Welcome to WebmasterWorld Guest from 54.159.165.175

Forum Moderators: open

Check string against part of regular expression pattern

   
3:14 am on Jul 16, 2014 (gmt 0)

5+ Year Member Top Contributors Of The Month



I'm using JavaScript to only allow certain characters to be typed into an input box.

<input type="text" id="birthdate" maxlength="14" placeholder="MM | DD | YYYY" pattern="^(0[0-9]|1[0-2])\s\|\s(0[0-9]|[12][0-9]|3[01])\s|\s(19[0-9]{2}|200[0-9]|201[0-4])$" />

$("birthdate").addEventListener("keypress", function(e){
var e = e || window.event;
var k = String.fromCharCode(e.keyCode||e.which);
if(!/\d|\s|\|/.test(k)) e.returnValue = false;});

I'd like to change this to allow only characters following a pattern to be typed.

$("birthdate").addEventListener("keypress", function(e){
var e = e || window.event;
var k = String.fromCharCode(e.keyCode||e.which);
var pattern = /^(0[0-9]|1[0-2])\s\|\s(0[0-9]|[12][0-9]|3[01])\s|\s(19[0-9]{2}|200[0-9]|201[0-4])$/;
if(...) e.returnValue = false;});

I'm not trying to test if the input matches the full pattern (done upon submission), I'm only trying to block the user from typing characters that violate the pattern.
3:00 pm on Jul 16, 2014 (gmt 0)

WebmasterWorld Senior Member fotiman is a WebmasterWorld Top Contributor of All Time 5+ Year Member Top Contributors Of The Month



That's tough, because you'll need to test against subsets of the full pattern. For example, say the input is empty and the user presses the "1" key... that's the beginning of a valid input, but it would not match that pattern because that pattern is checking for the full value.
5:45 pm on Jul 16, 2014 (gmt 0)

WebmasterWorld Senior Member lucy24 is a WebmasterWorld Top Contributor of All Time Top Contributors Of The Month



You'll also save yourself some aggravation if you break the input into its constituent parts right away. It can be formatted to look like all one box, but handle each one separately. Then any non-digit input can be construed as "move to next field".

So you have:
Field 1 (month, and make sure you say this plainly so as not to confuse non-American visitors who won't expect a month in this position):
first input \d (because some users will ignore "leading 0" instructions)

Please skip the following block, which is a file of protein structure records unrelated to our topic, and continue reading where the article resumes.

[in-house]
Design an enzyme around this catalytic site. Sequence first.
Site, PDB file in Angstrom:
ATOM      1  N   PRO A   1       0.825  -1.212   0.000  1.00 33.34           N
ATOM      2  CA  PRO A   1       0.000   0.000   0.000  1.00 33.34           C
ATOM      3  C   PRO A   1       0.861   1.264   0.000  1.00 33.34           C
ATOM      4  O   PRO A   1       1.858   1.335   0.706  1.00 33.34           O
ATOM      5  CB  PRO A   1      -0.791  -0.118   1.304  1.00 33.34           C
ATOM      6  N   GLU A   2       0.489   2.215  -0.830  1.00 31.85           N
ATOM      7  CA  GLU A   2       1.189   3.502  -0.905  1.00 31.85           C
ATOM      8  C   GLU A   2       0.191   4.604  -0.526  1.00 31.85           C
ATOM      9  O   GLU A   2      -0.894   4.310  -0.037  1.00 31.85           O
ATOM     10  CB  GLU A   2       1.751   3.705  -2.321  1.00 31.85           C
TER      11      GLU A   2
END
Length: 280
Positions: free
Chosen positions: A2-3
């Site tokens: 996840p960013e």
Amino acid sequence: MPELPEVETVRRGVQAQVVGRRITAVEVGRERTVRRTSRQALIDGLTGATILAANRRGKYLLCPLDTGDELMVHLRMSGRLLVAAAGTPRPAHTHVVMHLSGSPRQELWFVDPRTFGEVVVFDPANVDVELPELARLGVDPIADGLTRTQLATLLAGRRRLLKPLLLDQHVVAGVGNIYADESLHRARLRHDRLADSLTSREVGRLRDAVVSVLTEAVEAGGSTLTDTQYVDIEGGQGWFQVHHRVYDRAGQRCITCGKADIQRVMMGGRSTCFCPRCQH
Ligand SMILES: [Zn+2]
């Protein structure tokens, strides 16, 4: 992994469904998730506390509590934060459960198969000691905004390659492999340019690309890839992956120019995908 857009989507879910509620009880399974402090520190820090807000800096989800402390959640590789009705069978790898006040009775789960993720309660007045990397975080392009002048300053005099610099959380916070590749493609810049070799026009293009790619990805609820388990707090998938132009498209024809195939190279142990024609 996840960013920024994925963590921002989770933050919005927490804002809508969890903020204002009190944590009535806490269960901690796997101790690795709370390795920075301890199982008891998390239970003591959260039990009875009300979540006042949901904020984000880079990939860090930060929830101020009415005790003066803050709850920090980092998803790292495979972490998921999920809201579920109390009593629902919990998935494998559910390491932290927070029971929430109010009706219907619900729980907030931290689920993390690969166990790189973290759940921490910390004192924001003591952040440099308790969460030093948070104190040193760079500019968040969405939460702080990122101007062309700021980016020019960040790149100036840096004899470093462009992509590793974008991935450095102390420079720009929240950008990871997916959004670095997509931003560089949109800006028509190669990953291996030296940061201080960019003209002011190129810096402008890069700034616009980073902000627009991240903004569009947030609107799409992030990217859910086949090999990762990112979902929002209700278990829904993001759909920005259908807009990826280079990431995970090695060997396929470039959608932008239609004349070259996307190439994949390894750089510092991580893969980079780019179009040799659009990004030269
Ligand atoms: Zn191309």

if first was 0: ignore any further 0 and wait for [1-9]
if first was 1: [0-2] ignoring [3-9]
if first was [3-9]: supply leading 0 and proceed directly to second field
AND
if first was[1-9] and second is \D then proceed as above with added leading 0

Field 2:
same, only this time the breakdown is 0 vs. [1-2] vs. [3-9]

Will you allow them to type 02/30 and yell at them later, or do you want to block it right away? Same of course for SAJN, but 02 is the most clear-cut.

I'm only trying to block the user from typing characters that violate the pattern.

It may be easier to let them type anything they like and just ignore the non-permitted ones.

Incidentally, have you got many three-year-old members? At this point there are not even many situations where a year beginning in 20xx would be valid.
2:11 pm on Jul 19, 2014 (gmt 0)

WebmasterWorld Senior Member penders is a WebmasterWorld Top Contributor of All Time 5+ Year Member Top Contributors Of The Month



I'm just wondering how this would work from a users perspective? What happens when a user types an invalid character? Who is this targeting? I can imagine this type of "as-you-type" validation could be an annoyance for more experienced users... a user hammers out a date, immediately realises they've typo'd, hit the backspace and end up deleting the last valid character they typed, because the typo wasn't accepted as valid input anyway?
 

Featured Threads

My Threads

Hot Threads This Week

Hot Threads This Month